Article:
I'm a scientist, farmer, traveler, writer and (most importantly) student. I'm deeply passionate about learning and hope to continue to do so throughout my life. I love to share the knowledge and perceptions I discover with others and have been told that I am skilled at simply and clearly conveying complex concepts. I have a bachelor's of science focused on environmental microbiology and ecology but have also studied history and writing at the collegiate level. I'm fluent in Spanish having spent about a year in Latin America (as well as attending a bilingual elementary school in New York City) and am comfortable teaching basic grammar and conversational Spanish.
As a teacher I strive to not only bring understanding and competency to the subject at hand but to inspire enthusiasm. One of the ways in which I do this is through applying the subject matter to the world around us by making connections, deductions and inferences with that knowledge. Lots of material is presented in a dry and abstract manner in school, especially in the sciences. If it remains in that detached form it will forever be a burden, a chore to be completed and shortly forgotten. But if you can take that seemingly irrelevant material and start to recognize and explain the crazy micro-phenomena that compose our existence there is a chance you might actually retain something five years from now.
I also try to promote a better understanding of the ways in which we acquire knowledge. Our generally rigid, hierarchical system of education can disempower and bore even the most curious people. We tend to slowly transition from inventive, experimenting, philosophizing children into dutiful and compliant "students". We are fed "facts" and primarily asked to regurgitate them rather than to draw correlations, inferences and predictions from what we experience. If you remain in academia you will realize (possibly well into college) that to gain new knowledge and succeed in your field you actually must find information that is not yet a fact. I attempt to describe some of the methods for obtaining new information for each subject I teach and push students to assertively seek out knowledge. I also teach my students to verify information through multiple sources, fact check, weigh potential biases and evaluate causality, especially with regards to information obtained through the internet.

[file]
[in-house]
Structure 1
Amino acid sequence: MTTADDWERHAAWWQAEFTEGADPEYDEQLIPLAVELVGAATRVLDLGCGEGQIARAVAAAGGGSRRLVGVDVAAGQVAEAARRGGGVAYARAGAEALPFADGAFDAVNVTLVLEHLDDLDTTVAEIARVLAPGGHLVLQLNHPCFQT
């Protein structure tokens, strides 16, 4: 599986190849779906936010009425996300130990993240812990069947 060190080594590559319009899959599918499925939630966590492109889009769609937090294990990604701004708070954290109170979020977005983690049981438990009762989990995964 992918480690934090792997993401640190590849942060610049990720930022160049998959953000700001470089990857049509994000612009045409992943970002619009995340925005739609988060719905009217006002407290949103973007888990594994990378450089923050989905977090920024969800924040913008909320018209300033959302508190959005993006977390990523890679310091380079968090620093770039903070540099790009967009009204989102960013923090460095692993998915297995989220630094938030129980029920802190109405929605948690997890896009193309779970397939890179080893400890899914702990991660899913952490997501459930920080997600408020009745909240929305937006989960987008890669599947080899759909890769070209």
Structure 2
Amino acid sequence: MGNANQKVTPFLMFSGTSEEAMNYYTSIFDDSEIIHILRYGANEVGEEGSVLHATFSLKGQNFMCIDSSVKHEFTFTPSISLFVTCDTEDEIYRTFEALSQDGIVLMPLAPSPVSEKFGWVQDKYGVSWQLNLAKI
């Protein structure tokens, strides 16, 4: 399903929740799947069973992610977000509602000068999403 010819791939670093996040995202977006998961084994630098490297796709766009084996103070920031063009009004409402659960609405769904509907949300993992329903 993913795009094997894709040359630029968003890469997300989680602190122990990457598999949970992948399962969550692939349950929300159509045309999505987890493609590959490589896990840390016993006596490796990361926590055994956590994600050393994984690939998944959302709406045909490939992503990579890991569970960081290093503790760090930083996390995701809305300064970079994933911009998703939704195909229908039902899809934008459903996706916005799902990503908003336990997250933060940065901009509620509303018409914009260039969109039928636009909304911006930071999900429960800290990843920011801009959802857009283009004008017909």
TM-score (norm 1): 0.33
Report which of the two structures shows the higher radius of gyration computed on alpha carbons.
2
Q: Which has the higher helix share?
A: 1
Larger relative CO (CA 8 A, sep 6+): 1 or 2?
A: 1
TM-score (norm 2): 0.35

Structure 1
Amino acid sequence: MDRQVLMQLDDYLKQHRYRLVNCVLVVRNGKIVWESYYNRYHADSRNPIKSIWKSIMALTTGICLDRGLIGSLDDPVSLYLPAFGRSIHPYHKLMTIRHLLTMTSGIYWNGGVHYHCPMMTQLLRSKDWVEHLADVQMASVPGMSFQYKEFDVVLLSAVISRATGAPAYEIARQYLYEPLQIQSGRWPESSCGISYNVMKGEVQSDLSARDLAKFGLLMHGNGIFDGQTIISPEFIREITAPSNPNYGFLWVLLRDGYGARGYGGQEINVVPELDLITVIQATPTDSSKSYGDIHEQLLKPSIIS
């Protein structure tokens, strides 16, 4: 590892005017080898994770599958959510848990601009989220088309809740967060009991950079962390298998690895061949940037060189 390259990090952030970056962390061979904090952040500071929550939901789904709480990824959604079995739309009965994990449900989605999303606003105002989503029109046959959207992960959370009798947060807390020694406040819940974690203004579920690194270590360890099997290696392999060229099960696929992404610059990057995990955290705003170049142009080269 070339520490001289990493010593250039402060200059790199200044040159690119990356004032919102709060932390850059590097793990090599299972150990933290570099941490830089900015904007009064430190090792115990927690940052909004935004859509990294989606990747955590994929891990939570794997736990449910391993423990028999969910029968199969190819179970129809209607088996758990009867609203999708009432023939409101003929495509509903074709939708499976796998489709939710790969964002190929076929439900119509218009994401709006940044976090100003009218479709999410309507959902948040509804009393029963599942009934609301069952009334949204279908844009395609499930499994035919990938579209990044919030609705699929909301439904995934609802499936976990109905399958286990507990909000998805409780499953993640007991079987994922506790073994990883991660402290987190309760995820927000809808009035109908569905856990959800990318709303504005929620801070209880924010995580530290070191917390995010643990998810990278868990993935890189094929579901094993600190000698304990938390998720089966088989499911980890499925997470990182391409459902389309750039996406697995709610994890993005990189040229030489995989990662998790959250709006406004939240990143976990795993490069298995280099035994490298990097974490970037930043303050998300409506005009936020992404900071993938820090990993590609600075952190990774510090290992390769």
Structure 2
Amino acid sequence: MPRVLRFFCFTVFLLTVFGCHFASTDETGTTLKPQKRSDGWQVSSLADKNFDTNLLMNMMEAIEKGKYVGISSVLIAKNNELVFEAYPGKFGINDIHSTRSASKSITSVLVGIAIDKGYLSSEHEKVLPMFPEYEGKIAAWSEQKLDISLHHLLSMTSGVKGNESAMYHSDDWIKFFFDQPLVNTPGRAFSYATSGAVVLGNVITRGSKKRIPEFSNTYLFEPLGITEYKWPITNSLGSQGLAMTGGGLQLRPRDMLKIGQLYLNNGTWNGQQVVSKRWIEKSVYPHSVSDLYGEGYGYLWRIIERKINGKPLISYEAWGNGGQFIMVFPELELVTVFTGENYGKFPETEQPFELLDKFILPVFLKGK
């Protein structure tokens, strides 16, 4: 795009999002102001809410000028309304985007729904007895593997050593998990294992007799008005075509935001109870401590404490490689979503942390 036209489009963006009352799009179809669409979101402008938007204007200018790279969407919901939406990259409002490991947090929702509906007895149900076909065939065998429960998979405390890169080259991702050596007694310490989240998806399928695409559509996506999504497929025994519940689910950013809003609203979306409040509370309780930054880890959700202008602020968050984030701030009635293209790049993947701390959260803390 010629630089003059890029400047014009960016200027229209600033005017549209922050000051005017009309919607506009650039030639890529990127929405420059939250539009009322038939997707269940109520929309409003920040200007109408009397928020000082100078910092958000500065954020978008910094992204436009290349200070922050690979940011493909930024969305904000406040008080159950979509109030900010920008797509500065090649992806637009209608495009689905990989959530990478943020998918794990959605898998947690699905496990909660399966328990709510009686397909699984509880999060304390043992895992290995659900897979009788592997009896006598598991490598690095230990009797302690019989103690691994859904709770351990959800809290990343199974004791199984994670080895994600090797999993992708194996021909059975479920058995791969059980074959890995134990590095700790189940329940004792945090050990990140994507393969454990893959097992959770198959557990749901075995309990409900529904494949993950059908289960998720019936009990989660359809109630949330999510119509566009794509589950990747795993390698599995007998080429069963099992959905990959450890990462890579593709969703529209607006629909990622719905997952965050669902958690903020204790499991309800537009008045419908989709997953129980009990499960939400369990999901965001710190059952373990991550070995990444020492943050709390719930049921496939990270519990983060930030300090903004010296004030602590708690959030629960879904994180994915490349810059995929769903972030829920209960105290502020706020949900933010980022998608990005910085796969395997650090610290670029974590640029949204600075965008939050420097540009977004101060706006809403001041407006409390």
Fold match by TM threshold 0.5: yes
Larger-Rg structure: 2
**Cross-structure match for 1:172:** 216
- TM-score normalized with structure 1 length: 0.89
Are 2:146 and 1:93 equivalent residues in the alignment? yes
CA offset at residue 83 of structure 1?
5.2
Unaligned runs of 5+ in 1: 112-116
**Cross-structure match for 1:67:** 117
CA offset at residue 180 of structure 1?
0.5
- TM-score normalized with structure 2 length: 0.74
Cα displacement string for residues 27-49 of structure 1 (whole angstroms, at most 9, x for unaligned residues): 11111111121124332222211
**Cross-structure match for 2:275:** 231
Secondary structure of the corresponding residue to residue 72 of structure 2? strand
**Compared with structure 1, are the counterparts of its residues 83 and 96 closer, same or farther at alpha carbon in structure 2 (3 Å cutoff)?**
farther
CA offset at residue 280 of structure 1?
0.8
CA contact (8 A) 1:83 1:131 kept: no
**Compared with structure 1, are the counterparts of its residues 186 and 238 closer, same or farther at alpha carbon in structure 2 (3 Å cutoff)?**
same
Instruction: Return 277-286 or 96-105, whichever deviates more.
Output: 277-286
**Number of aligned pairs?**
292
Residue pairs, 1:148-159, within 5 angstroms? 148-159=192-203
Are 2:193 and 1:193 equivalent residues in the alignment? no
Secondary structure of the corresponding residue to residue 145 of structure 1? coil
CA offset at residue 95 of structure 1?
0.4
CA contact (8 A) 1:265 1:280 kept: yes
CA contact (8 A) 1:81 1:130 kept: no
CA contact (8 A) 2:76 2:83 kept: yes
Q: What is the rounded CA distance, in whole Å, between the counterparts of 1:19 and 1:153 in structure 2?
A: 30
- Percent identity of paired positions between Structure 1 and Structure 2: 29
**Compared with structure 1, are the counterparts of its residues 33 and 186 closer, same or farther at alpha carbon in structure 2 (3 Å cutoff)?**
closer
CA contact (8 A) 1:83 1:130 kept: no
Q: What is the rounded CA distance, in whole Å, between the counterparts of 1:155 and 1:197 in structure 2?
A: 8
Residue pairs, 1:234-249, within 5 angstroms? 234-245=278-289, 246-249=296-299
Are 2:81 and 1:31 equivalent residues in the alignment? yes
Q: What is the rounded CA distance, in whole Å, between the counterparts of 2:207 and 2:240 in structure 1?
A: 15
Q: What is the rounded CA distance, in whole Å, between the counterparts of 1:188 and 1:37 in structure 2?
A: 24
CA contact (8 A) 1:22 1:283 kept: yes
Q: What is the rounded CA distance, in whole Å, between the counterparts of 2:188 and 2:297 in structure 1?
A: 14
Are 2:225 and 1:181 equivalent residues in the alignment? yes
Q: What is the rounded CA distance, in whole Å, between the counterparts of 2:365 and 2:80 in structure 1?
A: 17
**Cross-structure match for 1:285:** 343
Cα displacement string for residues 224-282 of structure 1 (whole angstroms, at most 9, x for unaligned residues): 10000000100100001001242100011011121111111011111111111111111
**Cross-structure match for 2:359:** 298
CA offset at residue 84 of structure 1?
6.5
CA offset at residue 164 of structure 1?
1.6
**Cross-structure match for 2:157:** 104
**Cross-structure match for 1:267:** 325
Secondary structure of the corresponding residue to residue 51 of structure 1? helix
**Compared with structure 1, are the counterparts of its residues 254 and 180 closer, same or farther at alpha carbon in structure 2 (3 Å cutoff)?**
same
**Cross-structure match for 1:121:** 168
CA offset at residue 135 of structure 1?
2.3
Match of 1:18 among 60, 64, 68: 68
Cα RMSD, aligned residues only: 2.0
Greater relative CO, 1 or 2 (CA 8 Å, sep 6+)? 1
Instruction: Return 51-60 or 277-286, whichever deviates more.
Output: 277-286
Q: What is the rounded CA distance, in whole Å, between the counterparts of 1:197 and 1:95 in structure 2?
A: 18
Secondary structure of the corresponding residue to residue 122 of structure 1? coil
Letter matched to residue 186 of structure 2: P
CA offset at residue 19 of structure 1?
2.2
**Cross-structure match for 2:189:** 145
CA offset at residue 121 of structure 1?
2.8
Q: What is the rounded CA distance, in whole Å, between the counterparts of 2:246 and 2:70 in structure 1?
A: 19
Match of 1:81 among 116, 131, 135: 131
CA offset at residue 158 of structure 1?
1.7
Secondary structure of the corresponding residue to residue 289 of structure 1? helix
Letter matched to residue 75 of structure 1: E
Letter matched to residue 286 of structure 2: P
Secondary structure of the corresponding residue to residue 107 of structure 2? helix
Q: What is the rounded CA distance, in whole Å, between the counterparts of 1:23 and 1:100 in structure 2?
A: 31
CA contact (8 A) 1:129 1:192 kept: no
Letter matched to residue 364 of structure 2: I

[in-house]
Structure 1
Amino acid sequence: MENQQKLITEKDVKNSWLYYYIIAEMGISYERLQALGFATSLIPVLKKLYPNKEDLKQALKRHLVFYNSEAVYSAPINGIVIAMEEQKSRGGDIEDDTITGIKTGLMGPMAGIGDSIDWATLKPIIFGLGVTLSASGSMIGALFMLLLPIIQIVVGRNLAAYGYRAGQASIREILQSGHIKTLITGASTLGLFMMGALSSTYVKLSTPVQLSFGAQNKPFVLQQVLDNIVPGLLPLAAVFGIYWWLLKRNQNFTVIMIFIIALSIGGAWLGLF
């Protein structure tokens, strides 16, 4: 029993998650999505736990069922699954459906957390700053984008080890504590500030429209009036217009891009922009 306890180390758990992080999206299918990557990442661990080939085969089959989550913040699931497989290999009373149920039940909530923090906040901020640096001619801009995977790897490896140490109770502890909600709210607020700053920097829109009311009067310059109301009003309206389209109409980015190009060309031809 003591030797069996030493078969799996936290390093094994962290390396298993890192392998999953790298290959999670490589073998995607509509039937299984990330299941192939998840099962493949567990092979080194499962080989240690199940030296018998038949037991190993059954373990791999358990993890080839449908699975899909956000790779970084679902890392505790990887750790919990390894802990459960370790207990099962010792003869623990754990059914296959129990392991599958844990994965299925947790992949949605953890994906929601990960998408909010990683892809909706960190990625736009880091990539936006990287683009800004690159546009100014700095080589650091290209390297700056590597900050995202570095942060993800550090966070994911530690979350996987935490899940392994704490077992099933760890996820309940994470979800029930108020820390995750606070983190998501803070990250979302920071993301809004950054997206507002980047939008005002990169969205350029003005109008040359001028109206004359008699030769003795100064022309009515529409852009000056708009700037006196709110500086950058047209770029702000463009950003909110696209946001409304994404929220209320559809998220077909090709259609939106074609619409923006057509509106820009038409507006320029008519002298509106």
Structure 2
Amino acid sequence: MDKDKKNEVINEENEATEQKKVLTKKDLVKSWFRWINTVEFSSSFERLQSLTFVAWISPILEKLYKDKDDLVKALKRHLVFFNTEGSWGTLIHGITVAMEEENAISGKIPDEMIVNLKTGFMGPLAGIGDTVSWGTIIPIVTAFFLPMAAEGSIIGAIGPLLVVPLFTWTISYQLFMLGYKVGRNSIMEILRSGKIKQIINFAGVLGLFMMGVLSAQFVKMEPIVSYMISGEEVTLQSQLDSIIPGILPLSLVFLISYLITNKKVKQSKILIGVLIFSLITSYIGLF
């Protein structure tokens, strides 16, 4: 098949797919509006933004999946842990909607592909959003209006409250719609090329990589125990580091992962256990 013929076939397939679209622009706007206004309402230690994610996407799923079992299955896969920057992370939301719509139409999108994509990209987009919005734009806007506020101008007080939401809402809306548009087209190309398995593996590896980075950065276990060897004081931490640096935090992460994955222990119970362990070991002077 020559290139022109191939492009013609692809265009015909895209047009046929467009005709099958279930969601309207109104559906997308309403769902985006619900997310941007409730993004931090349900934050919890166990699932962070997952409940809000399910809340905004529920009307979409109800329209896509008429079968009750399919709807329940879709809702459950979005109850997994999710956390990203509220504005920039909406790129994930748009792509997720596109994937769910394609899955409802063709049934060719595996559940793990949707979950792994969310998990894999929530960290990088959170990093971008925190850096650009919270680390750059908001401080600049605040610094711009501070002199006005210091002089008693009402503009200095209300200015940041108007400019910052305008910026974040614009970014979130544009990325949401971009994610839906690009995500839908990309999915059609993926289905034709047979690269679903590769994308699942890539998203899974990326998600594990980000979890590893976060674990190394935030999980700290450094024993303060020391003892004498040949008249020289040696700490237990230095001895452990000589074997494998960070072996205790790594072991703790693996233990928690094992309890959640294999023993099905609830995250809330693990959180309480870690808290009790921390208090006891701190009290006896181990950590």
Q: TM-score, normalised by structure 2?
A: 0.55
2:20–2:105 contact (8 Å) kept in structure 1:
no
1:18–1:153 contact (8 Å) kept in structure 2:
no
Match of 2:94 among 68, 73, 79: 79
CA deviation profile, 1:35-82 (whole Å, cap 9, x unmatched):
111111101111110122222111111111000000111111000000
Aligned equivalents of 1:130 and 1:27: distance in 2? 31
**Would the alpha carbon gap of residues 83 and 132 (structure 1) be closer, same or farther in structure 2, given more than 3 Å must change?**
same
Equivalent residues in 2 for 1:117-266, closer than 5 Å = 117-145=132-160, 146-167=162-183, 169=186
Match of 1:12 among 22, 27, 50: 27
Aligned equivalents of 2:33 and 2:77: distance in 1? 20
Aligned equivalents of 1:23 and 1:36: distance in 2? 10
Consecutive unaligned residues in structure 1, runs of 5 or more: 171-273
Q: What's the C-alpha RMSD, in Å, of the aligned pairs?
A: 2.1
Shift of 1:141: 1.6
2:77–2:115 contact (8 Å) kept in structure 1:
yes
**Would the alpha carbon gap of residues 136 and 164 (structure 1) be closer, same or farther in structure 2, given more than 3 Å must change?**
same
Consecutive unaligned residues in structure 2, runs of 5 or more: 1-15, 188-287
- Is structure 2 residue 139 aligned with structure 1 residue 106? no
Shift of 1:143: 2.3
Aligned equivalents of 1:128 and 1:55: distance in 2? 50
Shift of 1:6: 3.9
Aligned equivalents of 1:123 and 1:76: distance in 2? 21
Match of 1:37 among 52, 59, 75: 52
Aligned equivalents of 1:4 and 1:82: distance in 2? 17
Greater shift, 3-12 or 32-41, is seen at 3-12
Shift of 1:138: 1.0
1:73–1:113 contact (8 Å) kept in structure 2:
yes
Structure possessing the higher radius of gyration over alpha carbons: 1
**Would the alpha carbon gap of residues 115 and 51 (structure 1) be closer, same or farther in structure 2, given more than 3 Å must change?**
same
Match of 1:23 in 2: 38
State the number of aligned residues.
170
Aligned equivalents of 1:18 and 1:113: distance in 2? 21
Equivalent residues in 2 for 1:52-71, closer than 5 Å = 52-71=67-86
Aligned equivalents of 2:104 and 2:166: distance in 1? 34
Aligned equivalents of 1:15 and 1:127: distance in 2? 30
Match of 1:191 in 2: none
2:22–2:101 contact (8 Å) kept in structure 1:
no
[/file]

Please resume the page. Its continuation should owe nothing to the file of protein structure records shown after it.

If any portion this long-winded monologue remotely resonates with you, please contact TakeLessons. I would love to tutor you!
Partnering with EPA to monitor Eschericia coli levels in a local watershed using Iodex. Developing molecular method to compare Bacteroides fragilis levels to E.coli to determine source of contamination. Using ArcGIS to map and analyze data. Work with high school students from the area we serve, providing them with paid job experience and scientific knowledge.
Investigating chemical communication in nitrogen cycle bacteria. Cloning and expressing putative quorum sensing genes into E.coli. Performing growth experiments with varied culture conditions using an engineered bioassay strain to measure signal production.
The Bridge Project's mission is to provide educational opportunities for children living in Denver's public housing neighborhoods so they graduate from high school and attend college or learn a trade.
Volunteered for a locally initiated reforestation and education project on northern Sumatra. Taught and tutored students at the local school in English.
72 hour Permacutlure (an ecologically based system of agriculture) training with an additional emphasis on environmental justice.